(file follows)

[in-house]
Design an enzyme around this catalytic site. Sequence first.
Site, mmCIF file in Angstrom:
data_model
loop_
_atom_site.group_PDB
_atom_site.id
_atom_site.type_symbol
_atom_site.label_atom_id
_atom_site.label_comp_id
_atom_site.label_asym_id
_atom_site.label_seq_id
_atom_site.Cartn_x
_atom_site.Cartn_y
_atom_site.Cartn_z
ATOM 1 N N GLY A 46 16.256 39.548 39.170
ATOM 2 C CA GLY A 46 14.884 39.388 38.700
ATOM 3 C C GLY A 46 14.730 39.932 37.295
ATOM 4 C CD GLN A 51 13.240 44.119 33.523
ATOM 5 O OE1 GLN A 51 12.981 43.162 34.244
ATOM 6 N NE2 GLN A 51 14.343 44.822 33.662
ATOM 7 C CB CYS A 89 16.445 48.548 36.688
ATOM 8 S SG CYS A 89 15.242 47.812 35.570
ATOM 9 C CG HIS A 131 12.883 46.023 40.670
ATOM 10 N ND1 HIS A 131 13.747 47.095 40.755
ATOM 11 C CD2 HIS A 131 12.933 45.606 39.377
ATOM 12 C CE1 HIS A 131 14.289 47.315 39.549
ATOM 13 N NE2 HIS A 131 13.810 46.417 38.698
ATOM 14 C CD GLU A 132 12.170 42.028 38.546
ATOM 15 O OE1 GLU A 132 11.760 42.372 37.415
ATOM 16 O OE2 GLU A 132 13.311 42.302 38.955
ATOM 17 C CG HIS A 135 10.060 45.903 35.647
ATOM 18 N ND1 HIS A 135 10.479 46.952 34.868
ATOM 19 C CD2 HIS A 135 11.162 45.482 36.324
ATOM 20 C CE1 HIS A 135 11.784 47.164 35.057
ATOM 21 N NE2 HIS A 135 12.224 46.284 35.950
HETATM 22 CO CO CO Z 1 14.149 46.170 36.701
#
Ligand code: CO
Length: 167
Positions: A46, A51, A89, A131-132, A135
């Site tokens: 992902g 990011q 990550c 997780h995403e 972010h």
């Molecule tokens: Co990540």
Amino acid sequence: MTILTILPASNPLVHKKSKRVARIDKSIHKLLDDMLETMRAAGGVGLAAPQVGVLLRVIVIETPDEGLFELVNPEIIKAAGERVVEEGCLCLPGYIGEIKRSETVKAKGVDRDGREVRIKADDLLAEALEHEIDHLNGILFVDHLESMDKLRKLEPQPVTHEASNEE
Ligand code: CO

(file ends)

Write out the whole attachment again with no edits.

[in-house]
Design an enzyme around this catalytic site. Sequence first.
Site, mmCIF file in Angstrom:
data_model
loop_
_atom_site.group_PDB
_atom_site.id
_atom_site.type_symbol
_atom_site.label_atom_id
_atom_site.label_comp_id
_atom_site.label_asym_id
_atom_site.label_seq_id
_atom_site.Cartn_x
_atom_site.Cartn_y
_atom_site.Cartn_z
ATOM 1 N N GLY A 46 16.256 39.548 39.170
ATOM 2 C CA GLY A 46 14.884 39.388 38.700
ATOM 3 C C GLY A 46 14.730 39.932 37.295
ATOM 4 C CD GLN A 51 13.240 44.119 33.523
ATOM 5 O OE1 GLN A 51 12.981 43.162 34.244
ATOM 6 N NE2 GLN A 51 14.343 44.822 33.662
ATOM 7 C CB CYS A 89 16.445 48.548 36.688
ATOM 8 S SG CYS A 89 15.242 47.812 35.570
ATOM 9 C CG HIS A 131 12.883 46.023 40.670
ATOM 10 N ND1 HIS A 131 13.747 47.095 40.755
ATOM 11 C CD2 HIS A 131 12.933 45.606 39.377
ATOM 12 C CE1 HIS A 131 14.289 47.315 39.549
ATOM 13 N NE2 HIS A 131 13.810 46.417 38.698
ATOM 14 C CD GLU A 132 12.170 42.028 38.546
ATOM 15 O OE1 GLU A 132 11.760 42.372 37.415
ATOM 16 O OE2 GLU A 132 13.311 42.302 38.955
ATOM 17 C CG HIS A 135 10.060 45.903 35.647
ATOM 18 N ND1 HIS A 135 10.479 46.952 34.868
ATOM 19 C CD2 HIS A 135 11.162 45.482 36.324
ATOM 20 C CE1 HIS A 135 11.784 47.164 35.057
ATOM 21 N NE2 HIS A 135 12.224 46.284 35.950
HETATM 22 CO CO CO Z 1 14.149 46.170 36.701
#
Ligand code: CO
Length: 167
Positions: A46, A51, A89, A131-132, A135
């Site tokens: 992902g 990011q 990550c 997780h995403e 972010h």
């Molecule tokens: Co990540």
Amino acid sequence: MTILTILPASNPLVHKKSKRVARIDKSIHKLLDDMLETMRAAGGVGLAAPQVGVLLRVIVIETPDEGLFELVNPEIIKAAGERVVEEGCLCLPGYIGEIKRSETVKAKGVDRDGREVRIKADDLLAEALEHEIDHLNGILFVDHLESMDKLRKLEPQPVTHEASNEE
Ligand code: CO